“Politicians from both parties are highly dependent on the electronic communications industry,” said Drew. As an example of the “both sides of the aisle” thing, many find it strange that Mike McCurry, former spokesman for President Bill Clinton, is a leading proponent of the fight against net neutrality.

And though most agree that the Markey bill doesn’t have much of a chance of getting through Congress this session, neutrality proponents are glad it was at least introduced.

“It’s great that it’s out there,” agreed Whitt. “Its prospects are not good, but it helps move the ball down the road.”

One tech-savvy colleague said he got “goose bumps” driving through the town of Mountain View, Calif., home of the Internet’s most vaunted company, Google, with its “Don’t be evil” company motto and recent market value of $200 billion.

On the matter of net neutrality, Google tends to speak in the first-person plural, with its execs acknowledging that the company owes everything it has become to the free, open and innovative marketplace of the Internet. “Openness is everything to us,” said Whitt.

Responding to a question about whether Google will stay on the side of net neutrality if it stops suiting the company’s business model, Whitt responds: “An open Internet is central to the corporate DNA of this company. It’s fundamental.”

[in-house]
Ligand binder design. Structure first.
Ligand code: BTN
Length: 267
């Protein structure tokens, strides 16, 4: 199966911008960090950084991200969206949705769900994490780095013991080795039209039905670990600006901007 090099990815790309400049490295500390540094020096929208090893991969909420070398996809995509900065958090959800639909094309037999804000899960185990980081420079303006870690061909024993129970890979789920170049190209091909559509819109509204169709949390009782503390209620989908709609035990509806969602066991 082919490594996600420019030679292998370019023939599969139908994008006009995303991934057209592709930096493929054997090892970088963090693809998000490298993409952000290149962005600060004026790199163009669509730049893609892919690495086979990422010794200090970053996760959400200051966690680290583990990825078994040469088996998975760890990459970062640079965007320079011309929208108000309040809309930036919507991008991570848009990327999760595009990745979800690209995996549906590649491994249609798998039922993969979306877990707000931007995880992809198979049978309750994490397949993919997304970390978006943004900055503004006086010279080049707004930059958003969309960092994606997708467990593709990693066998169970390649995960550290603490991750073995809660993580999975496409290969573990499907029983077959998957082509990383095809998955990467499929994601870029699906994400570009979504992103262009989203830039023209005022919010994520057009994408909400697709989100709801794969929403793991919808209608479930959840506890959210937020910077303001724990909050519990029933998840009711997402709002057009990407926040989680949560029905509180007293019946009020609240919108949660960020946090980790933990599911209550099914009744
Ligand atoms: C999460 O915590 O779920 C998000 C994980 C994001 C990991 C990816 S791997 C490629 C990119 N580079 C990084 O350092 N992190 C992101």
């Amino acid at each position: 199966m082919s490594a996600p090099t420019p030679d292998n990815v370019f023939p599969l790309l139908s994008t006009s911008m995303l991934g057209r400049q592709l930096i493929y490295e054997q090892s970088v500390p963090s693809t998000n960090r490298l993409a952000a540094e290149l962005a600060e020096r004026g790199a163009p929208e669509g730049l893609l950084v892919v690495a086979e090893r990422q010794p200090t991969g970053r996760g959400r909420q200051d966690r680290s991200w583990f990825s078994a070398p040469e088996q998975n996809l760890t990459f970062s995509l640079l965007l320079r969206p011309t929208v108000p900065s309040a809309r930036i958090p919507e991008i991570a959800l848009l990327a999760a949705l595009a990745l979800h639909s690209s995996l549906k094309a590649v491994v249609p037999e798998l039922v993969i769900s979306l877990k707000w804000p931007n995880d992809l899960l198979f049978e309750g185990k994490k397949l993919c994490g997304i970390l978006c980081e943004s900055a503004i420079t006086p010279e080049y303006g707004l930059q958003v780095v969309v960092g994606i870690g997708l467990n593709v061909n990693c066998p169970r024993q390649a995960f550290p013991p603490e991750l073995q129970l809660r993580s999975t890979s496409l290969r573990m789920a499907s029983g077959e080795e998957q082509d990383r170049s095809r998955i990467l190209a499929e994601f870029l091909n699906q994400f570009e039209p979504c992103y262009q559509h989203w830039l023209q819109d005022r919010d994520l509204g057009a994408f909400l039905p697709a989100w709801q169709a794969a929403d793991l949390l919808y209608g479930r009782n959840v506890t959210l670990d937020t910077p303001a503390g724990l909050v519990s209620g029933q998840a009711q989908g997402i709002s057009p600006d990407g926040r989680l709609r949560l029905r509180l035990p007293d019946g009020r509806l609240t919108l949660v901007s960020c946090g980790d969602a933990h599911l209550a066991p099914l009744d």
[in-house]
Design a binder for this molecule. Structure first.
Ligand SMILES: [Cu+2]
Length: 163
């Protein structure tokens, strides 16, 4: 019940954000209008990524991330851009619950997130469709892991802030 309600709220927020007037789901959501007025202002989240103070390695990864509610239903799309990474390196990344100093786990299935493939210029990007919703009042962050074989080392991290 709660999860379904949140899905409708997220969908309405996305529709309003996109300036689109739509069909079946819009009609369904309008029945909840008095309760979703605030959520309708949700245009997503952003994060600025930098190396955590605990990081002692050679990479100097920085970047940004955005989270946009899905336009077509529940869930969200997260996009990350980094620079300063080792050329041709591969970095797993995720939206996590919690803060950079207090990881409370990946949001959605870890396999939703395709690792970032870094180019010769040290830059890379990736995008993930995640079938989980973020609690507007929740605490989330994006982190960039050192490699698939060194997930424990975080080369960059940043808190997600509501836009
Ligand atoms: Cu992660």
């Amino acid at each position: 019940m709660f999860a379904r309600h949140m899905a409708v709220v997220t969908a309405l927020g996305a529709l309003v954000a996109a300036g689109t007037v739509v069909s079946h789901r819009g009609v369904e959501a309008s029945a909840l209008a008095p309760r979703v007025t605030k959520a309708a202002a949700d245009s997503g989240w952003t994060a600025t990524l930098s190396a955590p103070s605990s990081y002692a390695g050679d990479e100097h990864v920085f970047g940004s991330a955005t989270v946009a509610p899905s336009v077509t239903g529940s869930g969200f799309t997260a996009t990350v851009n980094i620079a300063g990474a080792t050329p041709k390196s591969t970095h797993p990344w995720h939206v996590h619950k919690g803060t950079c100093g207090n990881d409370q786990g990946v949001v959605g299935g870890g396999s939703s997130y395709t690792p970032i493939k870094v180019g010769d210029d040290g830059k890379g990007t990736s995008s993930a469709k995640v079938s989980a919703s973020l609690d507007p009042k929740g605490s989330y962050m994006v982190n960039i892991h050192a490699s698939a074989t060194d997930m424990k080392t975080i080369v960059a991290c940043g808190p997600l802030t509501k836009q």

Google’s go-to lawyer guy in D.C. on all things related to net neutrality, Whitt describes the two sides in the debate as, basically, “networks vs. the stuff on networks.” He then poses the complex net-neutrality issue in a 10-word query: “What is the network’s role in regards to the stuff?” According to Whitt, the events of the past year have actually helped the cause of neutrality move forward. “I think right now there’s a good feeling that the cause for an open Internet has gained ground,” said Whitt.

In partial explanation for his optimism, he offered up consideration of “complexity economics,” a theory that suggests that the economy is not a closed system with finite resources, and that economic growth does not emerge from capital or property anymore, but from ideas. The Internet creates an unprecedented platform for innovation, according to Whitt, and his job and Google’s are to ensure net neutrality so as “to make sure [the Internet] can grow organically.